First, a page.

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Journal of Transportation Security

, Volume 3, Issue 3, pp 179–195 | Cite as

Assessing security measures reducing terrorist risk: inverse ex post cost-benefit and cost-effectiveness analyses of Norwegian airports and seaports

  • Juned AkhtarEmail author
  • Torkel Bjørnskau
  • Knut Veisten
Article

Abstract

When the risks of unwanted events and the impacts of countermeasures are well-known, an economic assessment would compare the costs of the measures with the benefits of reduced risk. For evaluating countermeasures against terrorist attacks this is, however, not straight-forward. Both the baseline risk of terrorist attacks and the possible risk-reducing impacts of the security measures adopted are largely unknown. A possible approach to the economic assessment in such cases is to adopt inverse ex post economic analyses. Inverse ex post analysis in our case will be an assessment of already implemented security measures at Norwegian airports/seaports, trying to inversely estimate implicit benefits for estimated terror risks and risk changes due to the implemented measures. Such implicit benefits might be measured as implicit costs of lives saved or, more generally, as an implicit value of what is protected in airports and in seaports. Our analysis indicates that for justifying the costs of the implemented security measures, it implies huge cost per life saved and a quite enormous valuation of what the measures protect. A low estimated baseline risk of terror attacks explains to a large degree these findings. Nevertheless, even if fatalities represent a major societal cost of terrorist attacks, there are other potential costs regarding infrastructure, that to a large degree have been disregarded in our analyses. If all potential societal costs could be included, this would justify a higher level of security spending, but not necessarily the levels that our estimates indicate.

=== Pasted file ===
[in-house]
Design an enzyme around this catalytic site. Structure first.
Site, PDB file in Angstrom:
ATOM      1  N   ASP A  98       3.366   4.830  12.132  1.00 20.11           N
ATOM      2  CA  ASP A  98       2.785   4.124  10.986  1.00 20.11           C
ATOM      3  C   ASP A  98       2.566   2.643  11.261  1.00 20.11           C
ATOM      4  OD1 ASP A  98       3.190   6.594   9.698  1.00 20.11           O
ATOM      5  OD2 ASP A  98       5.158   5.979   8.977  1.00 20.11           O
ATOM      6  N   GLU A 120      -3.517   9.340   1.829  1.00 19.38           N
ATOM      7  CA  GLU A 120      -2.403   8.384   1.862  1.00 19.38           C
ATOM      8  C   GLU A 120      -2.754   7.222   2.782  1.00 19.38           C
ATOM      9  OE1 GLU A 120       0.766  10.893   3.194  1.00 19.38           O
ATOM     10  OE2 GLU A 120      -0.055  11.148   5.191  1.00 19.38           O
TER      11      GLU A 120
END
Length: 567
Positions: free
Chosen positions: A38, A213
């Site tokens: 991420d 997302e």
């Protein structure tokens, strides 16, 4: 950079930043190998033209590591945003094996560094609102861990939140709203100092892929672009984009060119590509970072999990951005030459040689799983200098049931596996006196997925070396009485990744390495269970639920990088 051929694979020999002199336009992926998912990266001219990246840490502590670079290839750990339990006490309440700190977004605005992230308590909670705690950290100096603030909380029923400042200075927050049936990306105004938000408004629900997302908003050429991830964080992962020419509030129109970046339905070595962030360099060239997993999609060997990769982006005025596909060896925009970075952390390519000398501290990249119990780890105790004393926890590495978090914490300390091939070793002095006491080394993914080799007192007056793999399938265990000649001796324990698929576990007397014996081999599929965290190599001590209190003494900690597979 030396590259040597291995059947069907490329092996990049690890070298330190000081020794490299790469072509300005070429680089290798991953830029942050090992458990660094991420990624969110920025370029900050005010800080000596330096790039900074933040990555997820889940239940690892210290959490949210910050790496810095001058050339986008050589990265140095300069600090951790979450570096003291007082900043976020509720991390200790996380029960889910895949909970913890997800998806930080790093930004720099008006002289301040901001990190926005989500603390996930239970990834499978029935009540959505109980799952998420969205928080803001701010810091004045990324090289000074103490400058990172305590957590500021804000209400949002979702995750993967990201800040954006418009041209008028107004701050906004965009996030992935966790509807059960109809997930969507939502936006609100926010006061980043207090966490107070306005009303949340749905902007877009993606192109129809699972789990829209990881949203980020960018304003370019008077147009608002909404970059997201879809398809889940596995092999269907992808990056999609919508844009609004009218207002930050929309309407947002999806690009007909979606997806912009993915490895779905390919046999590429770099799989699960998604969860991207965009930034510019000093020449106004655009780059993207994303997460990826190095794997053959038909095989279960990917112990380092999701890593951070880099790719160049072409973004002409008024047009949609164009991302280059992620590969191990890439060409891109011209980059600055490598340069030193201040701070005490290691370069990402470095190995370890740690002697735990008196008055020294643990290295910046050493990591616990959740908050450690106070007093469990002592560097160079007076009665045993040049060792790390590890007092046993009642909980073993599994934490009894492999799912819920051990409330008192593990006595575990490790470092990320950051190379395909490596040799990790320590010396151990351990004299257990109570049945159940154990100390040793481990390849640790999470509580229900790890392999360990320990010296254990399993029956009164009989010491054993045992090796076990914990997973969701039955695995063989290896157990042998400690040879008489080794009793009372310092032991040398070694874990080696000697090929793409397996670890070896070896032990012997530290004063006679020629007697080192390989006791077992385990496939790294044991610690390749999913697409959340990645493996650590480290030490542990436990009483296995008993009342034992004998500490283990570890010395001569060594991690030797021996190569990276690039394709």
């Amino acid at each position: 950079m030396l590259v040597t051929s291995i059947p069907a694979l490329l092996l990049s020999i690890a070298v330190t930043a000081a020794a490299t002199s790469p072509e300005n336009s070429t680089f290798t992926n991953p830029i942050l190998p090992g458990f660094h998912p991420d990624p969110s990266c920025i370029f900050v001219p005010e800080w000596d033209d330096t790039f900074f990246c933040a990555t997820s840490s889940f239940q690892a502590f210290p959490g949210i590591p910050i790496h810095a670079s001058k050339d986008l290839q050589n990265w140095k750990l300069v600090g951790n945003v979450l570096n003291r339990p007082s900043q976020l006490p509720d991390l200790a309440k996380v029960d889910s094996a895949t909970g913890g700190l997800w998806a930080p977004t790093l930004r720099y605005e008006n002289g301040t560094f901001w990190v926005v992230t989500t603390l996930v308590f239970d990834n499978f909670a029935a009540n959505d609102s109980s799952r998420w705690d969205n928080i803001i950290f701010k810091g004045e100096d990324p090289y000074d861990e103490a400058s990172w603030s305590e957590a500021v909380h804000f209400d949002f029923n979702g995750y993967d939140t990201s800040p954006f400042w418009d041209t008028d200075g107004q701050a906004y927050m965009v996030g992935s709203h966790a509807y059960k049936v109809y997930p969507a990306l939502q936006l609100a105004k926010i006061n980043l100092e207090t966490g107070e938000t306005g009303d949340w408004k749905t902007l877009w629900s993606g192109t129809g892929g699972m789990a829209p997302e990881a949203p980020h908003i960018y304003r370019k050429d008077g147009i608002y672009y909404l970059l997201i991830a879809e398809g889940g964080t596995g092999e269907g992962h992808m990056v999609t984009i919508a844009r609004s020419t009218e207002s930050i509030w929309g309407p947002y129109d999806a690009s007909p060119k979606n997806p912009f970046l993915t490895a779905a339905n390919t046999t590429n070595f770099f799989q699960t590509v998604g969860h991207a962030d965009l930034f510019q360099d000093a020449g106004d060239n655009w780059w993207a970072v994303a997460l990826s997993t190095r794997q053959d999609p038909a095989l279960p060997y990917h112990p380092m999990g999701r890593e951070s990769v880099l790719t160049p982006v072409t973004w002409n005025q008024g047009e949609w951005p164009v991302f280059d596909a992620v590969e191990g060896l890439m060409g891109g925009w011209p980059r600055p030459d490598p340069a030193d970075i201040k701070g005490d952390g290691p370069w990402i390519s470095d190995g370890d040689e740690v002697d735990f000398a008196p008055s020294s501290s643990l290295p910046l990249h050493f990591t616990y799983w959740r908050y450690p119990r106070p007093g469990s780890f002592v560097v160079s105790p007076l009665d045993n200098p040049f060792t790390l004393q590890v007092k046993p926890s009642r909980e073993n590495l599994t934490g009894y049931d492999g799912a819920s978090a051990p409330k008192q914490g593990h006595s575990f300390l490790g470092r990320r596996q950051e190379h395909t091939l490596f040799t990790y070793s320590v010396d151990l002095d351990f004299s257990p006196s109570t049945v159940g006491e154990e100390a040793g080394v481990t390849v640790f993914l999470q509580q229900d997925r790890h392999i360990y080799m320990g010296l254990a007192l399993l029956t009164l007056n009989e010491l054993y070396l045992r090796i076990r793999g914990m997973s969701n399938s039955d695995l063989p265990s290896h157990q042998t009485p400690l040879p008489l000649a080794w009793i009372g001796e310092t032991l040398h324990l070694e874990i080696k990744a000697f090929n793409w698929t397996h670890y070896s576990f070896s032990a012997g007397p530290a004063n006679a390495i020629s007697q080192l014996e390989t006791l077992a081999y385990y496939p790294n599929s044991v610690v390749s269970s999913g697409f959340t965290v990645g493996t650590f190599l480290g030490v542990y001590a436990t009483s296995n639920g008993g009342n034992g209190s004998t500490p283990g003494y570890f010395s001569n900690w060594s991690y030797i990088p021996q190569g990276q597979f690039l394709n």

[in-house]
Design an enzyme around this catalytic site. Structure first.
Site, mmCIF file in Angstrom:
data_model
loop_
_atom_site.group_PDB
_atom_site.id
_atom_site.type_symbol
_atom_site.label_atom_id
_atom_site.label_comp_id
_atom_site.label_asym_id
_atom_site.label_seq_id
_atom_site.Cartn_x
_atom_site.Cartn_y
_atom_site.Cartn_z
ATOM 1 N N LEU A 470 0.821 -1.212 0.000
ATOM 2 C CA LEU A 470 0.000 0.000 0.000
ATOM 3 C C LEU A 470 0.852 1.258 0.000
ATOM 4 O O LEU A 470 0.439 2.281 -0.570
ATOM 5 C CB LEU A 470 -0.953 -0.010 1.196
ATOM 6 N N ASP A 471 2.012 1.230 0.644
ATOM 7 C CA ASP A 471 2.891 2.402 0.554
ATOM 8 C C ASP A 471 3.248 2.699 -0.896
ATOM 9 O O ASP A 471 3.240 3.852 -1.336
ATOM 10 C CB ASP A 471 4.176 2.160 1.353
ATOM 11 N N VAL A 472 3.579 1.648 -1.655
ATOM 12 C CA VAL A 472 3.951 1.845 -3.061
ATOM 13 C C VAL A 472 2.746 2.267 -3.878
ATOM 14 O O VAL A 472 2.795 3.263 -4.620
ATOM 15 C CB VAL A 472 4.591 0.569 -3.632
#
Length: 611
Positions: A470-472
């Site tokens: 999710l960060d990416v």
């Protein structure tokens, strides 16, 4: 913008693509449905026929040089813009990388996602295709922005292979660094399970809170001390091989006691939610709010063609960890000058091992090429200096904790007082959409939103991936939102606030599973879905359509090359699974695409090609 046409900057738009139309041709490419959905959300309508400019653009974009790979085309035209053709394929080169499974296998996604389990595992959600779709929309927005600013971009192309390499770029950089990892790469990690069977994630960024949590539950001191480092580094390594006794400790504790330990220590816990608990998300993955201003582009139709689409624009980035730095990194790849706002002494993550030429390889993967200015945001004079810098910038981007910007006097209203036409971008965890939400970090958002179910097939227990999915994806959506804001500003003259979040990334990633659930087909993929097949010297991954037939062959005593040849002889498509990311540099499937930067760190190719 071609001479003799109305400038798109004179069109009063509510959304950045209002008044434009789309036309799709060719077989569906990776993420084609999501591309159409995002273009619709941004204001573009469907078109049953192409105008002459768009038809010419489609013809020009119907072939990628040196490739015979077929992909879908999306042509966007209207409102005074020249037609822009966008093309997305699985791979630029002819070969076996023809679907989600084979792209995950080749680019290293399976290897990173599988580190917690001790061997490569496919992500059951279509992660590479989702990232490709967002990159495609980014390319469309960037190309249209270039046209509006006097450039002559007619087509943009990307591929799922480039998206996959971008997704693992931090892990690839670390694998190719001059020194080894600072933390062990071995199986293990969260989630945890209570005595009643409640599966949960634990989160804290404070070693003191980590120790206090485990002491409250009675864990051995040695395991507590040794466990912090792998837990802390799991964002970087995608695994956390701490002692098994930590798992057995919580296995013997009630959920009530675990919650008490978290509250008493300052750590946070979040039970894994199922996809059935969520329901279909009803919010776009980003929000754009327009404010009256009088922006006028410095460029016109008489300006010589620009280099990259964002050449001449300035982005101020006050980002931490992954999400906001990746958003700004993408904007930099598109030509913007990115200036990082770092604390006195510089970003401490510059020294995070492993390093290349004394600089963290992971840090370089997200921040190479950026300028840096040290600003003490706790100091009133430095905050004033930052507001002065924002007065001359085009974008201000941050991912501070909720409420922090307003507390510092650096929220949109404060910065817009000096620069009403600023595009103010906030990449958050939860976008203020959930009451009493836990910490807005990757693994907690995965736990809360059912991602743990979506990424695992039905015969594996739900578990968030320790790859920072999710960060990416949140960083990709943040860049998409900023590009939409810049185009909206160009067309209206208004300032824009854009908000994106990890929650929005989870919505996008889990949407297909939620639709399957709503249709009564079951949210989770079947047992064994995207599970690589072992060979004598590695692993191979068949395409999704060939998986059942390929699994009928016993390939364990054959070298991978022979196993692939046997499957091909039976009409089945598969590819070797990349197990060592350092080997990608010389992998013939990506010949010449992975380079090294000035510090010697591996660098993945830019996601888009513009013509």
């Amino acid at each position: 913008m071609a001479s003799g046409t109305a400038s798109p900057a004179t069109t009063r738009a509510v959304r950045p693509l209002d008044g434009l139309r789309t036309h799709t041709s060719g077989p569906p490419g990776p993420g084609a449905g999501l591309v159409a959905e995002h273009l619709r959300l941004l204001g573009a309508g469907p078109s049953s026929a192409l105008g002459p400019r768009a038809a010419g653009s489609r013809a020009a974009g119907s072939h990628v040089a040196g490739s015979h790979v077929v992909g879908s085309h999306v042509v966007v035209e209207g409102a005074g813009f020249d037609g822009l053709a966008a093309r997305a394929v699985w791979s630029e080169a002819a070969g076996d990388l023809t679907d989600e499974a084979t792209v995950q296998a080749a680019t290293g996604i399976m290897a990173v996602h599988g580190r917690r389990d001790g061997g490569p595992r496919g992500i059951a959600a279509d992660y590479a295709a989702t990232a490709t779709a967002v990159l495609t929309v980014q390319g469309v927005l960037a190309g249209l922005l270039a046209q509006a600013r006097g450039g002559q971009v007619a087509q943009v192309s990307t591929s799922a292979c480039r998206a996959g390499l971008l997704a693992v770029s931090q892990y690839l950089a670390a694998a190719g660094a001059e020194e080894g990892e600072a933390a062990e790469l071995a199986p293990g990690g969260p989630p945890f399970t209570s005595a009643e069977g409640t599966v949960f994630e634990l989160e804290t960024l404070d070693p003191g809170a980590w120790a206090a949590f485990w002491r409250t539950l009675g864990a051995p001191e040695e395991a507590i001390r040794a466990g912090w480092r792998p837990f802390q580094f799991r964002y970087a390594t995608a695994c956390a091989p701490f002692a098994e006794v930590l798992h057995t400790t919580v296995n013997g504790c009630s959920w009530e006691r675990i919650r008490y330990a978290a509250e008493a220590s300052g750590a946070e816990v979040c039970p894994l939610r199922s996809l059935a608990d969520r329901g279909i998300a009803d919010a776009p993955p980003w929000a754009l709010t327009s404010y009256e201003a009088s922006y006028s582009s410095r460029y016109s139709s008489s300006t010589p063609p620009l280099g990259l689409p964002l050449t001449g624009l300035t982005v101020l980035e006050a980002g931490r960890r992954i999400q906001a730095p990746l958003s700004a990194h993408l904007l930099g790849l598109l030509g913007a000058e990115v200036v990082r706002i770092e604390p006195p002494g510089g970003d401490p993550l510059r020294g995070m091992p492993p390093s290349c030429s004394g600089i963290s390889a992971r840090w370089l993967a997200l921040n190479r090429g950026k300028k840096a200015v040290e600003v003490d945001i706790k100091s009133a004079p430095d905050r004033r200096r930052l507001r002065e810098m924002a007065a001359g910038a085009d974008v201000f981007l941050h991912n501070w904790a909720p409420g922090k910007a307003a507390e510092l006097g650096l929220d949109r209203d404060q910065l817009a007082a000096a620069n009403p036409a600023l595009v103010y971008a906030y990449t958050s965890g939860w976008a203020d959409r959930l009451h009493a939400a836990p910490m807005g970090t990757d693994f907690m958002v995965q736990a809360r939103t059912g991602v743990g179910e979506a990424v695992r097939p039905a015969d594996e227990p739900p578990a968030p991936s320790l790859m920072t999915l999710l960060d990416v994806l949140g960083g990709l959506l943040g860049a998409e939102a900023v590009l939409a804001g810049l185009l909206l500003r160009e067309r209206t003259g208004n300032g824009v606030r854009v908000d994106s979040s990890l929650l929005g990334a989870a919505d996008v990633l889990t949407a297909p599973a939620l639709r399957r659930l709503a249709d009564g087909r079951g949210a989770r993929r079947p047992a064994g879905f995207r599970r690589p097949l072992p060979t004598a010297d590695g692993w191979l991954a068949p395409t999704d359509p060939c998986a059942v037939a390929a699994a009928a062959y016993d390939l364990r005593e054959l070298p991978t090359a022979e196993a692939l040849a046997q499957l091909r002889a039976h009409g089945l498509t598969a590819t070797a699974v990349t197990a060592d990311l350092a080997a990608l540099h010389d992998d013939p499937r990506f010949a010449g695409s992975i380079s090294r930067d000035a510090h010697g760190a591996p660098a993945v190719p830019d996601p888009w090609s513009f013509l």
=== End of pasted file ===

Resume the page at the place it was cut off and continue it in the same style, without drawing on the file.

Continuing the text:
Keywords

Airport security Simulations Seaport security Terrorism 

Notes

Acknowledgement

This study was funded by the Research Council of Norway, through the project “Coping with the new risks: understanding, organization and economics”, under the programme “Risk and Safety in Transport—RISIT”. The usual disclaimer applies.

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Copyright information

© Springer Science + Business Media, LLC 2010

Authors and Affiliations

  1. 1.Institute of Transport Economics (TØI)OsloNorway

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